From PsychEvos Wiki

Definition and Development

Self-awareness is the ability to perceive and understand the aspects that make up one's individuality, including personality, actions, values, beliefs, emotions, and thoughts [1]. It is an essential component in the development of empathy, ego-centric awareness, and social intelligence [2]. In developmental psychology, self-awareness represents a milestone typically occurring around the age of 2 in children [3]. Different animals may have varying levels of self-awareness, and the adaptive advantages that come with these processes continue to fuel academic debate [4].

Five Levels of Self-awareness

Self-awareness processes can be categorized into five hierarchical stages, as proposed by Rochat. These levels offer insights into the development of self-awareness in children and across different species [5]:

Level 1: Confusion

At this stage, the individual cannot distinguish between themselves and the external world. They react to stimuli but are not aware of their own existence as a separate entity.

Level 2: Differentiation

The individual begins to distinguish between their body and external objects. However, they don't yet understand that their actions may impact the surrounding environment.

Level 3: Situation

At this level, the individual recognizes that they are part of the environment and that their actions affect the surroundings. They start to understand their physical and spatial relationship to other objects and beings.

Level 4: Identification

The individual becomes aware of themselves as a separate entity with a unique identity. They can recognize themselves in a mirror, develop self-consciousness, and are aware of their own thoughts, feelings, and preferences.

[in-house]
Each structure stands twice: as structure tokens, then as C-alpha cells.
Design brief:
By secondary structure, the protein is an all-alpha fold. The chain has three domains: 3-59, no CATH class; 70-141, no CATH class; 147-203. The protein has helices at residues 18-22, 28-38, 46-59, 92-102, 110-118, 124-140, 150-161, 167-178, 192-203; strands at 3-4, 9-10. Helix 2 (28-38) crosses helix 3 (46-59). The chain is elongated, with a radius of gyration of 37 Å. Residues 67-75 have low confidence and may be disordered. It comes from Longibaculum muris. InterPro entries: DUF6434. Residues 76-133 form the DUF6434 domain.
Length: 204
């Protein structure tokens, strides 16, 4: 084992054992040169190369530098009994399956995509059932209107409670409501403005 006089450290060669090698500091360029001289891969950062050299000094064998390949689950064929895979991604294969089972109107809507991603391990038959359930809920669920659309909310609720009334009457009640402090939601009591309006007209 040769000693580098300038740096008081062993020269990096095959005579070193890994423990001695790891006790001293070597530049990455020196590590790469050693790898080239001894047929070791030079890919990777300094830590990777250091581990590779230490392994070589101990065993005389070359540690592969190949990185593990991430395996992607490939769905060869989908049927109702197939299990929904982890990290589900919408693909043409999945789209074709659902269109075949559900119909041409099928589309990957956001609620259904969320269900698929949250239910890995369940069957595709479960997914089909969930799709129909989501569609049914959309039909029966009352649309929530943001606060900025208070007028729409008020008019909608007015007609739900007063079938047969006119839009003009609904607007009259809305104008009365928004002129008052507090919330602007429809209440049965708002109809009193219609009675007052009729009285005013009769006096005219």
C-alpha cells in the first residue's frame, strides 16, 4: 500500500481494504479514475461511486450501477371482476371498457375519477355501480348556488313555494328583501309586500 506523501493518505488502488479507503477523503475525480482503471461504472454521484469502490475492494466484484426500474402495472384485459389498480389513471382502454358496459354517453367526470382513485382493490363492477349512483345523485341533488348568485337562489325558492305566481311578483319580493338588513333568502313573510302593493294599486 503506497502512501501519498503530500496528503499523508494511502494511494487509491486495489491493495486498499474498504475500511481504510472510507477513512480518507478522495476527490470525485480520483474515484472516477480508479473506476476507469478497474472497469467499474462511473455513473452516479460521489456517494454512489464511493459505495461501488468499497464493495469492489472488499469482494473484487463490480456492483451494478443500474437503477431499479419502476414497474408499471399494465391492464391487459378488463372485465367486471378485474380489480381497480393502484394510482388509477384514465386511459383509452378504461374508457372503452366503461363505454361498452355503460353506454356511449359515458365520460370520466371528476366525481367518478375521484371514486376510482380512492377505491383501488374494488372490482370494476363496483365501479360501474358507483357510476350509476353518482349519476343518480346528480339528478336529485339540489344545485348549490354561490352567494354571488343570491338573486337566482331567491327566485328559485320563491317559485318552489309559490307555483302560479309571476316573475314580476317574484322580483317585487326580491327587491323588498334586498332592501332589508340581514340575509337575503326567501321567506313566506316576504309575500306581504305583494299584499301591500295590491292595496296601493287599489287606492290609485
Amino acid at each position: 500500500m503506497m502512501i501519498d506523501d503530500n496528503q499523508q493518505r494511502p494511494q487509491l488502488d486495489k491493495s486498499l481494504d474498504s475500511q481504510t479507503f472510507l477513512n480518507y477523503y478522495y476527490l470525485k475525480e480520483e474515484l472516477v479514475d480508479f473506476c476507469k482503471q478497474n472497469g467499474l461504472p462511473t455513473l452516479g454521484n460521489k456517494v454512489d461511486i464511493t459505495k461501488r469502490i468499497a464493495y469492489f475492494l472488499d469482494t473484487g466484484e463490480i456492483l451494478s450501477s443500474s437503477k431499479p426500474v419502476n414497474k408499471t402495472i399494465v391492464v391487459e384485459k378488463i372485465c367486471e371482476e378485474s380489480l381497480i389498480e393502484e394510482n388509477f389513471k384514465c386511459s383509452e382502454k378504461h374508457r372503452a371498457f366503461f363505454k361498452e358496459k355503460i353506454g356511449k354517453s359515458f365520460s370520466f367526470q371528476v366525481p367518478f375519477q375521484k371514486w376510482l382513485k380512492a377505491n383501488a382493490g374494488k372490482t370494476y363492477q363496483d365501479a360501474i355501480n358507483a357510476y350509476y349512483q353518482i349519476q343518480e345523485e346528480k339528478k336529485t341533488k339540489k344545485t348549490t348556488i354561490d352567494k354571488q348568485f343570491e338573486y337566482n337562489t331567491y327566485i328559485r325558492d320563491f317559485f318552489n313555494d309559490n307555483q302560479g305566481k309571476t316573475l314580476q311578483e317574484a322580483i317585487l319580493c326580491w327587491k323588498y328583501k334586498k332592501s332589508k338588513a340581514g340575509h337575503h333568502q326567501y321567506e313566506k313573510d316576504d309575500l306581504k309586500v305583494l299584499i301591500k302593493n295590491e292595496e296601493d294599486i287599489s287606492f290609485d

Level 5: Meta Self-awareness

At the highest level of self-awareness, the individual becomes capable of reflecting on their own thoughts, cognitive processes, and motives. They can analyze and evaluate their behavior and mental state, as well as predict the behavior and emotions of others.

Adaptive Advantages of Self-awareness

Although the exact adaptive advantages of self-awareness remain debated, there are several potential benefits that might explain its emergence in different species [6]:

  • Increased problem-solving abilities: Self-aware individuals can better understand their own strengths and limitations, making them more adept at tackling novel challenges.
  • Enhanced social skills: Being aware of one's own emotions and thoughts enables empathy, allowing for better understanding of the emotions and thoughts of other beings.
  • Improved decision-making: Self-aware individuals can make informed choices by evaluating their own preferences, desires, and beliefs.
  • Enhanced self-regulation: Self-awareness allows individuals to regulate their own behavior, increasing their chances of success in various social and survival scenarios.

Implications for Human Psychology

The development of self-awareness in humans has significant implications in various disciplines:

  • Developmental psychology: Researchers study the different stages of self-awareness to understand how children's cognitive, emotional, and social abilities develop.
  • Neuropsychology: Self-awareness is thought to involve complex neural networks in the brain, providing insights into brain function and dysfunction.
  • Social psychology: Understanding the role of self-awareness in empathy and social cognition helps researchers explore the intricacies of human relationships and interactions.


Self-awareness is an essential aspect of an individual's psychological makeup, influencing cognitive, emotional, and social abilities. As a fundamental process that varies across species and evolves through different levels, self-awareness holds significant implications for understanding developmental, neural, and social aspects of human psychology. Although the exact adaptive advantages of self-awareness continue to be debated, it remains an essential component of human cognition and emotional intelligence.